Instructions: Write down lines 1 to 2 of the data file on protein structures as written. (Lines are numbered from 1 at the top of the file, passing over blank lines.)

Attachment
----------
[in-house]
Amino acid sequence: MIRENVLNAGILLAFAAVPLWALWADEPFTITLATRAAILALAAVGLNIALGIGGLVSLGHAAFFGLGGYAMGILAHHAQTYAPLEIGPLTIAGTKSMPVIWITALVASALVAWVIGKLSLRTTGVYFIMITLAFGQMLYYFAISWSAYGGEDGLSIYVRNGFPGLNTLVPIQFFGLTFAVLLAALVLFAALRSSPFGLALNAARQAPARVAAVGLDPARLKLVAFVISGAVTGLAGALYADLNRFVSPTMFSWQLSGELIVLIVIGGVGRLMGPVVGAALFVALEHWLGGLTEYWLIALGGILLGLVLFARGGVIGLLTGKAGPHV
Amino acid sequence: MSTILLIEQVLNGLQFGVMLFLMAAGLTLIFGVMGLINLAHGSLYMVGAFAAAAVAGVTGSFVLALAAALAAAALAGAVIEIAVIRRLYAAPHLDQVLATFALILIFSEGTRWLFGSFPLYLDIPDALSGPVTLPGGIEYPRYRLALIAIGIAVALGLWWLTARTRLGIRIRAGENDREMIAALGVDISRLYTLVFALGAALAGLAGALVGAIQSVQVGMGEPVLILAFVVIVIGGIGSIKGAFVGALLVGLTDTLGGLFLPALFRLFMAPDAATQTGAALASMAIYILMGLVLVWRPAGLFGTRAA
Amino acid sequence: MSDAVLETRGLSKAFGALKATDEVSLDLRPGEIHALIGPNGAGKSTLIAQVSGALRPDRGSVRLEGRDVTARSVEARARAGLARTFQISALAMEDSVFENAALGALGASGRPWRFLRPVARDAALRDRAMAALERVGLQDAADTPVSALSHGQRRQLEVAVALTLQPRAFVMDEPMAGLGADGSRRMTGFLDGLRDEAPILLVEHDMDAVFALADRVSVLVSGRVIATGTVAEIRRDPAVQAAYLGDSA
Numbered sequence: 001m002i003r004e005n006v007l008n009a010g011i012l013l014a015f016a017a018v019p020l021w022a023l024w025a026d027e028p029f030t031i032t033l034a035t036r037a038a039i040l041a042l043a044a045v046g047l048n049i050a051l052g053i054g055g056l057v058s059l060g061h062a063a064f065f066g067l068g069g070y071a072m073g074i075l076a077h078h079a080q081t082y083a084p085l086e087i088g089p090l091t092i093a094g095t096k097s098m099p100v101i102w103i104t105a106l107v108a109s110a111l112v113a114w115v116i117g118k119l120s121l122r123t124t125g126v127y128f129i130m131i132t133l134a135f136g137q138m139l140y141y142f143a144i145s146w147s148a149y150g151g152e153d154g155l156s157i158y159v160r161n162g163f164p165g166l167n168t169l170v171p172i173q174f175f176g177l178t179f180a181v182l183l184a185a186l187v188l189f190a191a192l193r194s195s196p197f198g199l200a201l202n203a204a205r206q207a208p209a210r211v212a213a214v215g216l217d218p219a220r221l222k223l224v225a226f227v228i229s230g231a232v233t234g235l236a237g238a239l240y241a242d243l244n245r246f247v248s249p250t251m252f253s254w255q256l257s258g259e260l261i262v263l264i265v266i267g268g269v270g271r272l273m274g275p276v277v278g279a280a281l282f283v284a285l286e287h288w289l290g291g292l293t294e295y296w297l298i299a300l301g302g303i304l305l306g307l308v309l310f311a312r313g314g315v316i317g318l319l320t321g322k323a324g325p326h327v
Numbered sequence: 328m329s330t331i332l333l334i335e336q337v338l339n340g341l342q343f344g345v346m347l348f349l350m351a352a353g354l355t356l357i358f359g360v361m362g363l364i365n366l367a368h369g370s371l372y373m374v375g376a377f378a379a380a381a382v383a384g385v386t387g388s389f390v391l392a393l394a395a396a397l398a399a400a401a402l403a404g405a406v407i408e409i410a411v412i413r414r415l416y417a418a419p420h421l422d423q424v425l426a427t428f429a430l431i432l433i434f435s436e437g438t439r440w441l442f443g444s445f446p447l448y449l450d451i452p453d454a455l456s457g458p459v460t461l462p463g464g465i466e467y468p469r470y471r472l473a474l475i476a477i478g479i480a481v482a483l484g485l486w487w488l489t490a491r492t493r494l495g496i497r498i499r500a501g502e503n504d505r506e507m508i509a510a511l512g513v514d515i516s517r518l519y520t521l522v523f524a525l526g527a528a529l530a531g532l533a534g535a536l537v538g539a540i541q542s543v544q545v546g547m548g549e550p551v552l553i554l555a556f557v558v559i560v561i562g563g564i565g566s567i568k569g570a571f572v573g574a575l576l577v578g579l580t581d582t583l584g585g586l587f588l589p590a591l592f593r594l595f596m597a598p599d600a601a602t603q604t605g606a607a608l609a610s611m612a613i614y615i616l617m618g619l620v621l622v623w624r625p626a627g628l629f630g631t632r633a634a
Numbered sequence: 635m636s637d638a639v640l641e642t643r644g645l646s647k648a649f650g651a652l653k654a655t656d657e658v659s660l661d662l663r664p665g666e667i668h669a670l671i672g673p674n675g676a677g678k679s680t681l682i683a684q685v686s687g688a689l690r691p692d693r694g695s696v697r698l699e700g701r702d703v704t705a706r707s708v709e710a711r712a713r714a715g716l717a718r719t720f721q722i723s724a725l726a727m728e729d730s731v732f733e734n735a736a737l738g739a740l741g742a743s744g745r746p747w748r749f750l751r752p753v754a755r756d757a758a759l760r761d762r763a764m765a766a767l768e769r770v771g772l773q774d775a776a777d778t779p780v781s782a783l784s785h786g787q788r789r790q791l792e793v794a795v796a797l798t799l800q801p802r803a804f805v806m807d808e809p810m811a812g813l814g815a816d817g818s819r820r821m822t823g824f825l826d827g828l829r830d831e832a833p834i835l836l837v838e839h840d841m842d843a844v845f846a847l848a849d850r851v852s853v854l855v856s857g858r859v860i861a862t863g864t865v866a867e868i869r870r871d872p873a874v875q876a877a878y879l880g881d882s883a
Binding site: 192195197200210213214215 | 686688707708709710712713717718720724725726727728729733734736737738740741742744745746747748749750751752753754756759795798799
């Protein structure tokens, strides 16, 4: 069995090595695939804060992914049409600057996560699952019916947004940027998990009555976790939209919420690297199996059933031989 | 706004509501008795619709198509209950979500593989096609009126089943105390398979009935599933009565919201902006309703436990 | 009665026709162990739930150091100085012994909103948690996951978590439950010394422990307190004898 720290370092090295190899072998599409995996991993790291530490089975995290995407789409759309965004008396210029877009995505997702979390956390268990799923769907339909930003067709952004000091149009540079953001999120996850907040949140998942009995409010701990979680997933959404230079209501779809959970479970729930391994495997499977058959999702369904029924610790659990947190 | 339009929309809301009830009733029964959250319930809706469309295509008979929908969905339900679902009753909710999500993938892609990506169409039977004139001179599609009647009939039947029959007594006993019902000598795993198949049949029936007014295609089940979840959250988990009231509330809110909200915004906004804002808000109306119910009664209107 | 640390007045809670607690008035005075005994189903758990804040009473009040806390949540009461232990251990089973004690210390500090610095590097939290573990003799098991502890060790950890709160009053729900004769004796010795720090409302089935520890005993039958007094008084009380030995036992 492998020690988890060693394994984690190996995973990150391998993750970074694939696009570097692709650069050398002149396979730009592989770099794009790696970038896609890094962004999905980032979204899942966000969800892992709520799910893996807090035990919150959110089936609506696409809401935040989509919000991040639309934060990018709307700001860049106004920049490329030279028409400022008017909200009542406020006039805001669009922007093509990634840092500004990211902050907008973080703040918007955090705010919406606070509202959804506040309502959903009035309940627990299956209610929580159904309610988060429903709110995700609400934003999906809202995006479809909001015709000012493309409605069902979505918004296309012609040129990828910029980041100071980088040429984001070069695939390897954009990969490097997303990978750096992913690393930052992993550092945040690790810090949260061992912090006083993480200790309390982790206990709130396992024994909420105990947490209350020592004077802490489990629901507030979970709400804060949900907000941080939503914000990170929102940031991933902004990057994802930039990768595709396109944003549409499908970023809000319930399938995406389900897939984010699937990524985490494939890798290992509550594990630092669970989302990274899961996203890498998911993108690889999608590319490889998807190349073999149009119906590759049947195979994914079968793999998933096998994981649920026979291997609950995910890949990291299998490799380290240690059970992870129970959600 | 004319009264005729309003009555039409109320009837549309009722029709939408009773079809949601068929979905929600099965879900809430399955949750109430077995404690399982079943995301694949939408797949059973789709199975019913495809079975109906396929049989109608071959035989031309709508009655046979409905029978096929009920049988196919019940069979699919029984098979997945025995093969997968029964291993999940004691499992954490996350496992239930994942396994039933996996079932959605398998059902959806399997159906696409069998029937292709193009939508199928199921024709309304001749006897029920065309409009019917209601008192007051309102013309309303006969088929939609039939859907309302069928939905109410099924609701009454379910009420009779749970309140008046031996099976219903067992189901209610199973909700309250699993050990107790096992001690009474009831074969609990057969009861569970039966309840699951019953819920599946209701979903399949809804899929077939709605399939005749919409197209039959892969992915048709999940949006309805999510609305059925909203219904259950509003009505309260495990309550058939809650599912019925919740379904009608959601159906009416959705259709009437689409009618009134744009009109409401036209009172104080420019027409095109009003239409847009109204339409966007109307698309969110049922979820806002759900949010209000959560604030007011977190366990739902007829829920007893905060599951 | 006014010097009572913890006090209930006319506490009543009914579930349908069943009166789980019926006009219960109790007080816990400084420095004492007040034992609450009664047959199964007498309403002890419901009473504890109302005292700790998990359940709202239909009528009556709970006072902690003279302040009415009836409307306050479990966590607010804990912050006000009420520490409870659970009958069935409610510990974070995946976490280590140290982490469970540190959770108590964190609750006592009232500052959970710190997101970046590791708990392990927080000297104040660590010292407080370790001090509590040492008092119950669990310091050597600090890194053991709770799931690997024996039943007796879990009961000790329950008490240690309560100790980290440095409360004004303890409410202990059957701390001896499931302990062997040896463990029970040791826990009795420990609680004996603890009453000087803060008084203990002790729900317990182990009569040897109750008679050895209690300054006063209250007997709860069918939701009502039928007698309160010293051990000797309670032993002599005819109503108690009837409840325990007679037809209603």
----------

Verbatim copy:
[in-house]
Amino acid sequence: MIRENVLNAGILLAFAAVPLWALWADEPFTITLATRAAILALAAVGLNIALGIGGLVSLGHAAFFGLGGYAMGILAHHAQTYAPLEIGPLTIAGTKSMPVIWITALVASALVAWVIGKLSLRTTGVYFIMITLAFGQMLYYFAISWSAYGGEDGLSIYVRNGFPGLNTLVPIQFFGLTFAVLLAALVLFAALRSSPFGLALNAARQAPARVAAVGLDPARLKLVAFVISGAVTGLAGALYADLNRFVSPTMFSWQLSGELIVLIVIGGVGRLMGPVVGAALFVALEHWLGGLTEYWLIALGGILLGLVLFARGGVIGLLTGKAGPHV